Nothing compares to a mother's love, and in one Midstate town, a mother's act of service has changed an entire community.
It all began when she realized her son, who is stationed in Afghanistan, was missing a lot of things from home.
Susan Bailey's love for her son, William, is overflowing, from the flag outside to the dog tags around her neck.
What she did to help is now impacting soldiers from across the nation.
"I've got a picture of a little boy that's got a backpack, and it's true, you see your baby that's leaving," Susan Bailey said.
Army Pfc. William Bailey deployed to Afghanistan in February, and it's hard for everyone in Celina to have him away from home.
The small town has lost two soldiers in the Middle East in recent years.
"A friend lost her son, I think, in '06, and all that really touched the community," Susan Bailey said.
In the many Skype conversations with her son, Susan Bailey said she learned the busy soldiers aren't getting all the comforts of home they need.
"So I'm thinking my son's starving, and that's when I started, right then. Two the next day, three the next day," Susan Bailey said.
At one point, the mother was sending her son care packages every day and sometimes more than one box.
But it was one conversation in which William Bailey asked his mom something that changed everything.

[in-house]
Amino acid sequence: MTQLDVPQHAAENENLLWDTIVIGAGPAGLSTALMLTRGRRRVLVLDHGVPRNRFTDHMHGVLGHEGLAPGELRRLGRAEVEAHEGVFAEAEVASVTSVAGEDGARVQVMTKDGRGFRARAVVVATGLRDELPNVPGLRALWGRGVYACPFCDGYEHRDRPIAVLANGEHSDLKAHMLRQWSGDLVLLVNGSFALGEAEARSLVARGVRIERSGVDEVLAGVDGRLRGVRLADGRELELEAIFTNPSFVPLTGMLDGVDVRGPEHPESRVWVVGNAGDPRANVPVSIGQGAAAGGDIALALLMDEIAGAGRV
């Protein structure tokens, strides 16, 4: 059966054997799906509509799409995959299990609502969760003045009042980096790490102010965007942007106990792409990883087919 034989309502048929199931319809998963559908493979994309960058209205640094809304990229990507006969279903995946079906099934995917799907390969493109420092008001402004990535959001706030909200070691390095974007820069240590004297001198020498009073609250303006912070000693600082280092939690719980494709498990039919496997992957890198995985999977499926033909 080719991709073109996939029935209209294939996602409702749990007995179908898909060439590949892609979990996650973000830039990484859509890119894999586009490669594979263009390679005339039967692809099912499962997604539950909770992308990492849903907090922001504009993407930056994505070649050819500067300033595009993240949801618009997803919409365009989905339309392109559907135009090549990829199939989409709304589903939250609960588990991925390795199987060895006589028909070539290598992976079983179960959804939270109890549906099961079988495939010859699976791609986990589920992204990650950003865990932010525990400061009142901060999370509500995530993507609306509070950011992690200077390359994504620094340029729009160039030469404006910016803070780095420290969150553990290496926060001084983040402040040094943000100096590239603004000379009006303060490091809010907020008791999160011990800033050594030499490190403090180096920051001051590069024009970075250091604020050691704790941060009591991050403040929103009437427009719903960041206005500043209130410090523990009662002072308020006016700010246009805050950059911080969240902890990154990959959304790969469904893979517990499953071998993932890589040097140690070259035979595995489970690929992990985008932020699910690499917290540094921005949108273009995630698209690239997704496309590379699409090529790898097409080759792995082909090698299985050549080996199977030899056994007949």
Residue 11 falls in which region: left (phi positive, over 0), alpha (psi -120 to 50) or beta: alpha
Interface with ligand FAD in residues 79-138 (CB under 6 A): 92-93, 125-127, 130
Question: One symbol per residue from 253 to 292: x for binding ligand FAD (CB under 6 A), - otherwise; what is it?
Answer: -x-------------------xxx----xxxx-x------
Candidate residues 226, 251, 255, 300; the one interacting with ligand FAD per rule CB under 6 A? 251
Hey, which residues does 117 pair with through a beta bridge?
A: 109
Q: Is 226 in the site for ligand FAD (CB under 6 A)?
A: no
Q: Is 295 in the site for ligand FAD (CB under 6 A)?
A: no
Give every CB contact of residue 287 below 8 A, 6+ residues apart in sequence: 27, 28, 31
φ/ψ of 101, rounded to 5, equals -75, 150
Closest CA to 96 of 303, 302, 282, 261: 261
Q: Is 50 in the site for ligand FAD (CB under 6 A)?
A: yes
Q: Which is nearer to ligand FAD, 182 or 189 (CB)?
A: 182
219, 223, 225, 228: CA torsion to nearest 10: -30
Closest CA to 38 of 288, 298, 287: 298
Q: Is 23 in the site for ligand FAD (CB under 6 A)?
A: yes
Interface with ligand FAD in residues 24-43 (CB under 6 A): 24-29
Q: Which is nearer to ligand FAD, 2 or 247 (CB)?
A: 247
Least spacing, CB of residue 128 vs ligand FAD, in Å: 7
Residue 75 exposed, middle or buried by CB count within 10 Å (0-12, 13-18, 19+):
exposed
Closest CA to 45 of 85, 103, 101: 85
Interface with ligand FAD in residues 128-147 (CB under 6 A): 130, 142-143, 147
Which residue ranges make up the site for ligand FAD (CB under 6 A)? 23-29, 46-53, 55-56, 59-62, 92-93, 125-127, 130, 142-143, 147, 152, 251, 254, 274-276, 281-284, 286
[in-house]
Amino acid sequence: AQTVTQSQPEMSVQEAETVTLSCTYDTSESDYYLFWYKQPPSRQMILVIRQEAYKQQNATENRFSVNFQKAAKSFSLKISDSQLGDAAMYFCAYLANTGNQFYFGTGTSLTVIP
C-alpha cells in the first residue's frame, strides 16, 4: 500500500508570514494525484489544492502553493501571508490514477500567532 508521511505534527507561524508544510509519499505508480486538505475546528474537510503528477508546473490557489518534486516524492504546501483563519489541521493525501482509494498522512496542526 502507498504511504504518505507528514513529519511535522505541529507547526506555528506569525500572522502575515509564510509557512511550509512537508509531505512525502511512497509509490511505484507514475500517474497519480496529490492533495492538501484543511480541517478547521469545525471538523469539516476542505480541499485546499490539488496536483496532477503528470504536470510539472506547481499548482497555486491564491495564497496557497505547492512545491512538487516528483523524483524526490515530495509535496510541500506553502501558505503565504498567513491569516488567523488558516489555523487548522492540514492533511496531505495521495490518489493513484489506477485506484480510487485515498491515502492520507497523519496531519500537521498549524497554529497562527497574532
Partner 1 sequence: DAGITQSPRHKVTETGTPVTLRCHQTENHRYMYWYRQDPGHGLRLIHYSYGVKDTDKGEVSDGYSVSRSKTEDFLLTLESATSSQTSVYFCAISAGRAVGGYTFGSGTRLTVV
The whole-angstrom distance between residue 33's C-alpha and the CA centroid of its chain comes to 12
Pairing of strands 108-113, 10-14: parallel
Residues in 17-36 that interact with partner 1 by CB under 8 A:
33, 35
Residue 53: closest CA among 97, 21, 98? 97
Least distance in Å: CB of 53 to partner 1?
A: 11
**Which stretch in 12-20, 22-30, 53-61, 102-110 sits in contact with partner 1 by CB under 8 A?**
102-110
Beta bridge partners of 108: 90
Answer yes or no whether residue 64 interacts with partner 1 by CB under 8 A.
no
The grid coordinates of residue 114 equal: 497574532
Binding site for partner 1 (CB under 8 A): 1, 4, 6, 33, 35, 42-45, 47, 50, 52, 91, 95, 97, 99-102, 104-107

"He sent me a message that said, 'Can you start sending packages to my buddies and not me?' And I asked if they were getting anything, and he said no. He said, 'On mail day I'm the only one not asking do I have mail today?'" Susan Bailey said.
She did what her son asked and people started noticing. When she told them what she was doing, they started donating.
Now, every grocery store and school in Celina has green donation boxes, and Susan Bailey is taking names of new soldiers to support.
It takes 15 to 30 days for each box to arrive in Afghanistan, and since the shipping alone costs just over $15, the boxes are packed to the brim.
"We pack all the big things in first - Pringles and chow mein noodles, shower in a box," Susan Bailey said.
The soldiers also need toiletries for warm and cold weather.
"What I keep hearing is they stink, so we're sending a lot of room deodorizers. That helps," she said.
Susan Bailey also reached out to the local schools, encouraging kids to send cards they can include in the care packages.
It's an act of love by one mom that's become a community movement.
"I wanna keep this going. I know there are going to be a lot more soldiers over there that will need stuff," she said.
Friday, August 29 2014 4:14 PM EDT2014-08-29 20:14:56 GMT
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